No matter who wins this year's presidential election, education is likely to benefit, said Keith B. Geiger, vice president of the National Education Association, who is a Utah visitor.
Geiger, who represents the 1.9 million member teachers' organization, is a guest of Davis School District. He was to address district teachers as part of their observance of Teacher Appreciation Day Tuesday.In a Deseret News interview, Geiger said NEA has already begun careful assessment of the various presidential hopefuls and is anticipating a better shake for education no matter what happens. Vice President George Bush has not responded to the organization's requests to establish an official educational position for NEA membership to consider. However, the vice president has expressed more potential support for education than has been forthcoming under the Reagan administration, Geiger said.
"In either case, we'll be a winner," he said.
With 300 NEA delegates involved in the Democratic convention and 100 to the Republican convention, the organization has significant voice in the selection of candidates.
Geiger was critical of Reagan's secretary of education, William Bennett. "In three-plus years, he has never said anything good about our schools. He has been a constant critic. I'd like to hear him say there are good things happening in education, because there are."
The federal government needs to be a partner in education, recognizing its weaknesses, but being ready to participate in dialogue toward resolving those problems, the NEA official said.
Educational reform is occurring piecemeal across the country, Geiger said, but is not succeeding as well as it could because it is being applied from the top down.
Governors and legislators are imposing reforms on the schools, but change would come about more quickly if teachers and others at the school level were able to adopt pertinent reforms.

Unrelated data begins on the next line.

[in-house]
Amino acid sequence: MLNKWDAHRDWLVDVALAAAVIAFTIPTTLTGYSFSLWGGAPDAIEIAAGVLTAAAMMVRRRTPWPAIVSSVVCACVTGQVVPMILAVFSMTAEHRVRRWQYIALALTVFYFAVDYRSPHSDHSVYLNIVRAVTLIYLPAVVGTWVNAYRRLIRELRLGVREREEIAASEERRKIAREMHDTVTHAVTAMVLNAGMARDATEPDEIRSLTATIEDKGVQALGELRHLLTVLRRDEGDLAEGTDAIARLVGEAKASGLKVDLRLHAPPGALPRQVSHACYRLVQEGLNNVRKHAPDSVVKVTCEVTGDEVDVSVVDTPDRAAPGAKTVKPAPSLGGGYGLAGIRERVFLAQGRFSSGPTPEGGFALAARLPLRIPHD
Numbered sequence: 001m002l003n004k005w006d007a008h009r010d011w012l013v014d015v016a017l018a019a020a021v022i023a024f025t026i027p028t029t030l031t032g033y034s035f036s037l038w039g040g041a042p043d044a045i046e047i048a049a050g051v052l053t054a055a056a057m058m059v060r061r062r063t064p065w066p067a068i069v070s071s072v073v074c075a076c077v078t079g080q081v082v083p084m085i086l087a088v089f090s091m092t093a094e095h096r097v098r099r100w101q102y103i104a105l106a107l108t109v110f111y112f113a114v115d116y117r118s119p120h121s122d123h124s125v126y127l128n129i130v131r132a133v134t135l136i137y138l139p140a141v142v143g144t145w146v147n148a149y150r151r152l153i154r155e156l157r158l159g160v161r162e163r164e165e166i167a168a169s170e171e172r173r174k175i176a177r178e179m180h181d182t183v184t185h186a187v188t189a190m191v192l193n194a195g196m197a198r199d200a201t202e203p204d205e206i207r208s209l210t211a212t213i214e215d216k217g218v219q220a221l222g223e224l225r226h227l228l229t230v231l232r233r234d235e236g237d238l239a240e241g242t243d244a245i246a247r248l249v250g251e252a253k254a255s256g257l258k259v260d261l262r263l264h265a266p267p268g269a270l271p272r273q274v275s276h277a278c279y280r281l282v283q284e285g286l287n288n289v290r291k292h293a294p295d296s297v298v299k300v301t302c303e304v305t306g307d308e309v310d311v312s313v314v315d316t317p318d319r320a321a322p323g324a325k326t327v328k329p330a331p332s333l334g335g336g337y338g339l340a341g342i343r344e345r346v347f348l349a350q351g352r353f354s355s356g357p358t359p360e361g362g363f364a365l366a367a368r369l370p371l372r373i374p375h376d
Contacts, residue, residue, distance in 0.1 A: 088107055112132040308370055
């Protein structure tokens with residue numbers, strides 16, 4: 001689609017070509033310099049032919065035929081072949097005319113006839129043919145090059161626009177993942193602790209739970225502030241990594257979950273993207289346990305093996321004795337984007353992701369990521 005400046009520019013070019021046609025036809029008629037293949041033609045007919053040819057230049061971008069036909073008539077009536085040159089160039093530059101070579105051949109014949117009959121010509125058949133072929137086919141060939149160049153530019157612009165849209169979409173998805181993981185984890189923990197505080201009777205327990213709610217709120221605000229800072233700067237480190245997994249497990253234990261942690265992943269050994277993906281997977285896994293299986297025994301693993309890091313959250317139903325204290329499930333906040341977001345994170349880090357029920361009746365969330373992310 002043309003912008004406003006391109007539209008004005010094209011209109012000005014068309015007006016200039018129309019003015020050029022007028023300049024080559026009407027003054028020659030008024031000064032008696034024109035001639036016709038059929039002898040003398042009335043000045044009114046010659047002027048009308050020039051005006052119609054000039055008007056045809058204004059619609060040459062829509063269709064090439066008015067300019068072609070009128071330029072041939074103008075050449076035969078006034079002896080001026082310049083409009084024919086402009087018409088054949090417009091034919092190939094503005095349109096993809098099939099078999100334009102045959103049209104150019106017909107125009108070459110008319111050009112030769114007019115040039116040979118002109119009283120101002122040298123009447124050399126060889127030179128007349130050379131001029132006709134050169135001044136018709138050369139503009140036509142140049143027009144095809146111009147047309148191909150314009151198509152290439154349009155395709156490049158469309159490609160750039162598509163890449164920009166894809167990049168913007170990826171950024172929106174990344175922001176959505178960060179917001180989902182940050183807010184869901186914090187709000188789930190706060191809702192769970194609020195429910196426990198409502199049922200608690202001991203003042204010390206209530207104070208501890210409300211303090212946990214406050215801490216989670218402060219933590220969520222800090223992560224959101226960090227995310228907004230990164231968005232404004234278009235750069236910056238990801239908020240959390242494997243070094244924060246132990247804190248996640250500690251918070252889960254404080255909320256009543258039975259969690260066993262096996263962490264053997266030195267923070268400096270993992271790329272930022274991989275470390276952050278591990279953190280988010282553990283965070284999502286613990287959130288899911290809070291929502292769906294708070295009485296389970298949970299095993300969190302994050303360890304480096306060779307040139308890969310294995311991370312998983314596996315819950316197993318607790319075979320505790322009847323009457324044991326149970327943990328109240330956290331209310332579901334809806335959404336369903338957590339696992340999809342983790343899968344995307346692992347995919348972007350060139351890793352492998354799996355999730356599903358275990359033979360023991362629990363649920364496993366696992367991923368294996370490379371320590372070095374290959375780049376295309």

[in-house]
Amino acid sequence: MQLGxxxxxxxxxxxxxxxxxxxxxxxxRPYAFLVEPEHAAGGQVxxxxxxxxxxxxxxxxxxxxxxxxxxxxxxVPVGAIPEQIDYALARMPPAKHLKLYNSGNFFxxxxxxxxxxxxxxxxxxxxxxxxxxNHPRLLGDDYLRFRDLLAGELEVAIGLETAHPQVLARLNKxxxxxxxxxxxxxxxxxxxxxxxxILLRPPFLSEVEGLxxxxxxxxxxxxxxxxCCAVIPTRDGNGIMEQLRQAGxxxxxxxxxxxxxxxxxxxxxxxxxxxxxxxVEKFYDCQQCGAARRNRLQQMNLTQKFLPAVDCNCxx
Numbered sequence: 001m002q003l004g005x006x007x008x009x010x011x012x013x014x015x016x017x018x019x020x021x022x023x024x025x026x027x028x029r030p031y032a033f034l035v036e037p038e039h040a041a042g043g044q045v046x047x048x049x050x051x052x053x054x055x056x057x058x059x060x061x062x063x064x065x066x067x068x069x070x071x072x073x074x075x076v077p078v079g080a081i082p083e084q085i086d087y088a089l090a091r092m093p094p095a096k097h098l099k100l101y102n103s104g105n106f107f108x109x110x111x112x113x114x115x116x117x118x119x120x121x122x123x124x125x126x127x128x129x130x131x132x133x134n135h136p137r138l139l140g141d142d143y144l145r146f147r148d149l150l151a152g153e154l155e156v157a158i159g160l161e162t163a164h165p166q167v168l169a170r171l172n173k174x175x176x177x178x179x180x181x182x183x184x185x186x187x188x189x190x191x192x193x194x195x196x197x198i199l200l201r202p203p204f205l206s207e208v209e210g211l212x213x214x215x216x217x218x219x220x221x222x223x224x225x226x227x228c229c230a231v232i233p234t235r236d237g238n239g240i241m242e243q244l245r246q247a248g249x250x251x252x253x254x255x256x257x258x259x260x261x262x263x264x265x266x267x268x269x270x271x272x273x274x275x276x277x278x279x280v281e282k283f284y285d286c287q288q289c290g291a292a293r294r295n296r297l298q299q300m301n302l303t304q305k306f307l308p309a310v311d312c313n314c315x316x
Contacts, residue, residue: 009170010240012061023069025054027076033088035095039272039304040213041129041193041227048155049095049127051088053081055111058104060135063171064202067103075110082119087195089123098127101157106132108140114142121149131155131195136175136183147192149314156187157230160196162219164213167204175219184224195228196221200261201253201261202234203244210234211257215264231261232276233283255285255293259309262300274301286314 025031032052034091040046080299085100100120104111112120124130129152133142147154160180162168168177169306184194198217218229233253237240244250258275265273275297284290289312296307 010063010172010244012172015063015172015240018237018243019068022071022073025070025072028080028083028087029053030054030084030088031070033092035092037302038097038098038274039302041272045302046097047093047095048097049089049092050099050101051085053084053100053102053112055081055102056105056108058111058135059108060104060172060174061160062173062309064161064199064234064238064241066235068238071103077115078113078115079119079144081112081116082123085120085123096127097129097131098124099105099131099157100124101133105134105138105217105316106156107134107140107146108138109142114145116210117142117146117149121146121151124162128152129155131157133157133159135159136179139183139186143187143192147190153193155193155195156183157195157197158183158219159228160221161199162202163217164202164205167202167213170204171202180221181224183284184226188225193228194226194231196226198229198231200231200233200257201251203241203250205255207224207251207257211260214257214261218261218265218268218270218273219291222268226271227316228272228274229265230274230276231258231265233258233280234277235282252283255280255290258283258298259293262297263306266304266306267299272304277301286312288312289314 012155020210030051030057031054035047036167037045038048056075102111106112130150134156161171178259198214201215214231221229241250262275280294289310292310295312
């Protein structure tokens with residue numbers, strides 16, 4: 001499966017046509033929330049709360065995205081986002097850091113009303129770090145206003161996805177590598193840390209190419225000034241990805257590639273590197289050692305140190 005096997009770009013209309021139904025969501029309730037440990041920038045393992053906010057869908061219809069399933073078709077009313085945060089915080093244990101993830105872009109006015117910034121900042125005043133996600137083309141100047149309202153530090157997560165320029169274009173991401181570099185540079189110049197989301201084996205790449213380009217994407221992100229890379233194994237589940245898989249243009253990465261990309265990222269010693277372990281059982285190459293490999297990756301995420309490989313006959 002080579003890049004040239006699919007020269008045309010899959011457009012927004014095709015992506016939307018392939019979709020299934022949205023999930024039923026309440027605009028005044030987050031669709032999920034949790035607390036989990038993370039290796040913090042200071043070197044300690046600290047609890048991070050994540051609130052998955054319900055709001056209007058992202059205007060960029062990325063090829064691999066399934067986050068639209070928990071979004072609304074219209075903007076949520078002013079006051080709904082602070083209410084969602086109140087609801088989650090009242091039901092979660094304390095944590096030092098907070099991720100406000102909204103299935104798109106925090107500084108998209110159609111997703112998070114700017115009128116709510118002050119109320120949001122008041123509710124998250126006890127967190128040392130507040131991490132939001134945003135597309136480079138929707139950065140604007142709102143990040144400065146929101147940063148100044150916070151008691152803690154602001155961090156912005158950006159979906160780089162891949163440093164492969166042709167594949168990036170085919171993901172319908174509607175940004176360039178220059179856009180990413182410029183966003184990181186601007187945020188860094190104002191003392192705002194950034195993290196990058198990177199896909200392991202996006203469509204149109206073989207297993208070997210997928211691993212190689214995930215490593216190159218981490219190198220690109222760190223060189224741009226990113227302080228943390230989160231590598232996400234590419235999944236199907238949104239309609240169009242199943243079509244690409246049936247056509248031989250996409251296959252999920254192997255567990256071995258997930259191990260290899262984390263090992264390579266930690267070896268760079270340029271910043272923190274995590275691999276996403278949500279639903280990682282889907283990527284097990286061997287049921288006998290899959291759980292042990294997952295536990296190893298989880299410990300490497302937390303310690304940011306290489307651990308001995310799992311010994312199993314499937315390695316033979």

Decision-making should rest at the lowest possible level, ideally at the district or even at the building, Geiger said.
The importance of education is increasing in the United States, not declining, he said. "This society will not survive if it doesn't provide at least a high school education for every child." The need for an educated work force in the next few decades is critical.
"Twenty years ago, there were 17 people in the work force for every individual on Social Security. Today, there are three. No matter what it costs, it (education of American children) has to be done."
The increased need for universal education comes at a time when many leaders are pulling back to the 1950s concept that education should be concentrated on those students who are most capable, he said. Increased requirements for high school graduation (including Bennett's proposals for two years of foreign language studies) are pushing many youngsters out of the system.
The NEA believes funding for education should be equally divided among federal, state and local sources. Instead, federal support fell from 9.2 percent to 6.2 percent during Reagan's tenure, Geiger said.
The country's defense system must remain strong, he said, but it should not be financed at the expense of education. "We simply have to re-order our priorities."
Geiger, who was a high school mathematics and science teacher in Michigan for 15 years, anticipates greater demands on teachers as they prepare for their careers. Increased educational requirements, however, should be rewarded with salaries that are commensurate, he said.